The bid to bridge the huge housing deficit in Nigeria will require sourcing foreign funds as locally available funds are grossly inadequate to fill the shortage running into an estimated 16 million units.
Managing Director/CEO, Aso Savings & Loans Plc, Mr. Hassan T. Musa Usman, made this declaration recently, at a real estate conference in Lagos, in a paper presented on â€œDevelopment and Sustaining Foreign Investor Confidence for Nigerian Mortgage-Building the Secondary Market Platform on a Solid Foundationâ€.
Usman who noted that the Nigerian mortgage industry is in its nascent stages but has tremendous potential for expansion, stated that the housing deficit is unlikely to be bridged within the next 10 years, even if we embarked on a major housing investment programme to develop a million units per annum in line with Vision 2020 target due to insufficient funding.
â€œAssuming a conservative average cost of N3.5 million per unit, N3.5 trillion (approximately $22 billion) will be required annually to develop 1 million new homes; If we assume 500,000 units per annum, we will need N1.75 trillion (about $11 billion).
â€œOnce developed, at least 90 percent of buyers of such units will require mortgage loans. It is highly unlikely that in the medium term such an amount can be raised locally â€“ the entire Nigerian pensions industry is today barely over N1 trillion. Recourse will therefore have to be made to foreign funding sources to complement the funding locally available â€“ foreign funding will come into a market that is structured, transparent and stable.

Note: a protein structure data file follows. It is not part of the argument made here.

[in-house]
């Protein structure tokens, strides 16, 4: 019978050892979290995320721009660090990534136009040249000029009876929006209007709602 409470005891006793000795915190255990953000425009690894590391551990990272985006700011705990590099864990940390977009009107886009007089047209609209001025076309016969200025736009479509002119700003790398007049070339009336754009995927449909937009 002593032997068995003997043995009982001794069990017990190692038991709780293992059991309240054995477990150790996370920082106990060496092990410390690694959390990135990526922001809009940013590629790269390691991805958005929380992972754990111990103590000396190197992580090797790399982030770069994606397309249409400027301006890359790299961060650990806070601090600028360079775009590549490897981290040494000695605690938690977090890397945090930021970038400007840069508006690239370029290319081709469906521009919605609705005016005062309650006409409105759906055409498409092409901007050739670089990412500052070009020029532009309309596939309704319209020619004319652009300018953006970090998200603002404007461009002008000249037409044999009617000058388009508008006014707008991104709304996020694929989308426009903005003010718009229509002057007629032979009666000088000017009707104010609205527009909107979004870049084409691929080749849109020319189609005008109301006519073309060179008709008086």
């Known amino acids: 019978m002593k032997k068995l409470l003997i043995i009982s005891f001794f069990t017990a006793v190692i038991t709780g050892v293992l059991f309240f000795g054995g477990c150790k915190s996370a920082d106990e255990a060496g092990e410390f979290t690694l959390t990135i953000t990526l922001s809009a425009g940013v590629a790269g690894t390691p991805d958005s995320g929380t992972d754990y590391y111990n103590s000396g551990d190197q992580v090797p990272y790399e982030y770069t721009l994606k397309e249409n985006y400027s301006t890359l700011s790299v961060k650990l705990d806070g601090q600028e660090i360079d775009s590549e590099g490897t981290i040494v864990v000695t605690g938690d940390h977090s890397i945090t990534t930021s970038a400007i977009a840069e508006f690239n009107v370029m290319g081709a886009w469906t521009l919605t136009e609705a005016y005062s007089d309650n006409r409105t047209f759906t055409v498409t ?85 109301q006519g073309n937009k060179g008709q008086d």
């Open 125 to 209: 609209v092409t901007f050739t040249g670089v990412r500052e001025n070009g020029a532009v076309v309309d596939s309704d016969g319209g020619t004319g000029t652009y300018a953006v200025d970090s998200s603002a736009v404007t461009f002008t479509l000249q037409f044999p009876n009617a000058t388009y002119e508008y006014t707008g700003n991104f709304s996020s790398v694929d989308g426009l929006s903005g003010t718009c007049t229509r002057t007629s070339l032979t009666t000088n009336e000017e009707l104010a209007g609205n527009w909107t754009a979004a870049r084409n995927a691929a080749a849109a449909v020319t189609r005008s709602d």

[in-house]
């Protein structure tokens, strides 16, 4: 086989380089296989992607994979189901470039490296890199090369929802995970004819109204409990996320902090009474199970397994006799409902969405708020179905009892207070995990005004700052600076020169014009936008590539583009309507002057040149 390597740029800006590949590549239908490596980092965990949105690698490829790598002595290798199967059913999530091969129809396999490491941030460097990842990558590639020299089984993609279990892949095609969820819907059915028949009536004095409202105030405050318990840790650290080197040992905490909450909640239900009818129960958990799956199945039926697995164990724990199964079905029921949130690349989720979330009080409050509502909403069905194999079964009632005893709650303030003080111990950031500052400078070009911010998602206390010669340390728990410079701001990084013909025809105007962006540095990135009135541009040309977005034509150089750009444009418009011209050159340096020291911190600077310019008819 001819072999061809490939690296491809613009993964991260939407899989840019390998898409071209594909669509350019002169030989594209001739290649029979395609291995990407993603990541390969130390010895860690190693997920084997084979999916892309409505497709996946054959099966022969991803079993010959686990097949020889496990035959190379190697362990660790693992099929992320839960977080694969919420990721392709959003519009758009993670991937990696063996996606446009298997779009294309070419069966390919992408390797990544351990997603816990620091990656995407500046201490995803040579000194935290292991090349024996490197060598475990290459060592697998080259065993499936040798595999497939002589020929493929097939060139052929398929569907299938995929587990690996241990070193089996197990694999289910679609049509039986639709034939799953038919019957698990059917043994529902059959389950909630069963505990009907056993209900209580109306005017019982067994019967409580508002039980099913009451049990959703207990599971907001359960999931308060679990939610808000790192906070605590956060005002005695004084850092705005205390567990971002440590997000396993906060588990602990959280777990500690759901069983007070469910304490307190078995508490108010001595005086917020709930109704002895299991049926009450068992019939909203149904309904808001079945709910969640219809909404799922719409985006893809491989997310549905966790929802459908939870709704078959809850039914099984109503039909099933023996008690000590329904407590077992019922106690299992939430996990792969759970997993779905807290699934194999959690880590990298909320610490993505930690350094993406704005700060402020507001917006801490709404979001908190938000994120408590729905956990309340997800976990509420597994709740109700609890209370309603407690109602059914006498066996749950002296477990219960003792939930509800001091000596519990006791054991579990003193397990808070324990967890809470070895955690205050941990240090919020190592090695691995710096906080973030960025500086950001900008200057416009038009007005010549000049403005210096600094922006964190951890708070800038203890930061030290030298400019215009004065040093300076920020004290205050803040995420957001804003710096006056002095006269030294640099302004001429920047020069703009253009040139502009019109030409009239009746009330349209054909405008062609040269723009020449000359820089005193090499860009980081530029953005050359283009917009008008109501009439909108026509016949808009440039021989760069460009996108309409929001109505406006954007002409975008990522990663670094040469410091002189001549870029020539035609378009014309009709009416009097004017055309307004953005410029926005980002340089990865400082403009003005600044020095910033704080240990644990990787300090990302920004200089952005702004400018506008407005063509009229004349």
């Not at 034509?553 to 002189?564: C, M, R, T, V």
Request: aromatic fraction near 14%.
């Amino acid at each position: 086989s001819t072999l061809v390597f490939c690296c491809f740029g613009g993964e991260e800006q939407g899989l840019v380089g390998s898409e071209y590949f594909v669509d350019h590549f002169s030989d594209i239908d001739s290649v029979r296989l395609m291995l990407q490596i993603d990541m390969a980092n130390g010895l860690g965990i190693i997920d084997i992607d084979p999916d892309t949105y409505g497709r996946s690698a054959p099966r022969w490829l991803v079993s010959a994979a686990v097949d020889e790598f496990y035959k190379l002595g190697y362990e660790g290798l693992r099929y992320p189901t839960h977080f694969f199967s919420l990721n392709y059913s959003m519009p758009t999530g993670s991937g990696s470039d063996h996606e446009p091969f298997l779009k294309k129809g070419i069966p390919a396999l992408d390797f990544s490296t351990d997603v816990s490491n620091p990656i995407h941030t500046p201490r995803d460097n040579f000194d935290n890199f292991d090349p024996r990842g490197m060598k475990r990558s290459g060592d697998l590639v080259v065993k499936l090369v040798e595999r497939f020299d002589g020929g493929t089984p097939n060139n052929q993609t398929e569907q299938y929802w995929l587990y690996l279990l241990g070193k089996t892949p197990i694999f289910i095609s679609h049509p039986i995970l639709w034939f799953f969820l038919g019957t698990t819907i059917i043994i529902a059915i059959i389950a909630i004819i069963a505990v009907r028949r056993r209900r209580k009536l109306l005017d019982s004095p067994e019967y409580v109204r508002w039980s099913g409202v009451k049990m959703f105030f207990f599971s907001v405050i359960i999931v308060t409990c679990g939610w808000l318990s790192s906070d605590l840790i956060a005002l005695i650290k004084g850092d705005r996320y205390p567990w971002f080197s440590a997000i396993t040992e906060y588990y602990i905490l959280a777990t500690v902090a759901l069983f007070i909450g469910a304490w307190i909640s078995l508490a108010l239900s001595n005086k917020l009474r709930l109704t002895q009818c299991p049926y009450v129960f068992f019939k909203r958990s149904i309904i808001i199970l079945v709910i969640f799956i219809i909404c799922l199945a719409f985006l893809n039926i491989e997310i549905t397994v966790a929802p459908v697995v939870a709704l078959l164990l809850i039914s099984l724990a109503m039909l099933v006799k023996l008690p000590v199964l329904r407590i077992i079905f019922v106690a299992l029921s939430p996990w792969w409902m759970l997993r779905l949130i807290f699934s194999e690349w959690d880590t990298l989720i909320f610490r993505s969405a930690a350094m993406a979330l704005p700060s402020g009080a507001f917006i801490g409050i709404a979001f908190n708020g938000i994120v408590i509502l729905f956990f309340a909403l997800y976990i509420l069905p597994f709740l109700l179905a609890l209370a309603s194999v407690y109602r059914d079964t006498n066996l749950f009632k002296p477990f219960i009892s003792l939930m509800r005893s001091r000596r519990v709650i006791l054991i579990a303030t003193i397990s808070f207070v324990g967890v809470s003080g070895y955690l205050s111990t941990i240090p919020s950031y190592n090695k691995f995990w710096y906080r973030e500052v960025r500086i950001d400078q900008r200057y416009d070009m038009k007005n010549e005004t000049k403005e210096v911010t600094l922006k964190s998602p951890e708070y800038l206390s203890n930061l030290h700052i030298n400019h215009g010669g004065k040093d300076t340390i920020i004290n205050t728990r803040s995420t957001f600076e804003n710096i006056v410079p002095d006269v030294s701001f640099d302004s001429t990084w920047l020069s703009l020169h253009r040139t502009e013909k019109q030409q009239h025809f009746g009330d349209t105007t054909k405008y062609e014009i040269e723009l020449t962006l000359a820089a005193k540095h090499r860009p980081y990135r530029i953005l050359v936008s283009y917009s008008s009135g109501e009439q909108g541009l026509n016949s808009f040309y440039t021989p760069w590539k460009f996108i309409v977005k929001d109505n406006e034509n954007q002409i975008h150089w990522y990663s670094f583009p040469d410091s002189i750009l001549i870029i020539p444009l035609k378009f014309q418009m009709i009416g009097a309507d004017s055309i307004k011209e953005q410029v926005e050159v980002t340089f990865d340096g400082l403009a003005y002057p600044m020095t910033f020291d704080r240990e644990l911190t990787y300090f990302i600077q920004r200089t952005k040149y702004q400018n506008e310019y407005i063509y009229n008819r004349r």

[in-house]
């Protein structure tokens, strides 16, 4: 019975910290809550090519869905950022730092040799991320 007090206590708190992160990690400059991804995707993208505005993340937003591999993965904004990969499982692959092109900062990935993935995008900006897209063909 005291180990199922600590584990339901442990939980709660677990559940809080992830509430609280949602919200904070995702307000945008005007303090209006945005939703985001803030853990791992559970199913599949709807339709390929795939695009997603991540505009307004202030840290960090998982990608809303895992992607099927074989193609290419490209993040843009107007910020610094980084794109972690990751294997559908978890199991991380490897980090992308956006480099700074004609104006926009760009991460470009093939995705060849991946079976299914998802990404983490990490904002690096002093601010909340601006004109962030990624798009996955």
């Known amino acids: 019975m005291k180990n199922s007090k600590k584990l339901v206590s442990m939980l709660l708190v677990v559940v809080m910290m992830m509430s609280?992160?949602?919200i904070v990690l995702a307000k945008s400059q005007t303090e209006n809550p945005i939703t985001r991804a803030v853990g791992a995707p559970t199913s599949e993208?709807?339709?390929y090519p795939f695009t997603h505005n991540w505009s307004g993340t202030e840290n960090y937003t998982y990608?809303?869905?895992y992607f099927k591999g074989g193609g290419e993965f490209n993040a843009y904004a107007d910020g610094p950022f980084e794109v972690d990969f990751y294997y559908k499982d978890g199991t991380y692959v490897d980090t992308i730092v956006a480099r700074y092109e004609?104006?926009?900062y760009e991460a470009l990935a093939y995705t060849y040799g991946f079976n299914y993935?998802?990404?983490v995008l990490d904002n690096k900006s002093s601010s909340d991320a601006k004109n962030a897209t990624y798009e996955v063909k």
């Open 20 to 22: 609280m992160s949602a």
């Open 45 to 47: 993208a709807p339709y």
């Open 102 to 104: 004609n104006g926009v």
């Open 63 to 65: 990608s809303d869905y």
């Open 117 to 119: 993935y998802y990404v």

â€œWithout an effective mortgage market there will not be an appreciable increase in the number of housing units to be developed â€“ ultimately, developers will only build if they are confident there will be buyers. An effective mortgage market will evolve only if the industry adopts best practices sufficient to attract both local and foreign funding sources,â€ he said.
According to Usman, the Nigerian mortgage industry, as presently strucured, cannot support Nigeriaâ€™s housing needs, primarily because it cannot attract the funding required to finance new housing developments and back end, create the mortgages required by home buyers.
â€œFor the market to effectively support our developmental aspirations, it requires major changes both at the macro level (via the legal and regulatory framework including changes in the Land Use Act, macro economic stability) as well as at the micro level especially changes in the methods, processes and procedures in the Nigerian mortgage industry.
â€œThere is a need for: financial institutions to implement standardized loan documentation â€“ the Central Bank and to a certain extent, the Federal Mortgage Bank (FMBN) can take a lead in this regard by imposing the standards on the industry; development of credit bureau/introduction of credit scoringÂ and subscription by the operators to a minimum of two credit bureau as stipulated by Central Bank of Nigeria; embracing best practices in mortgage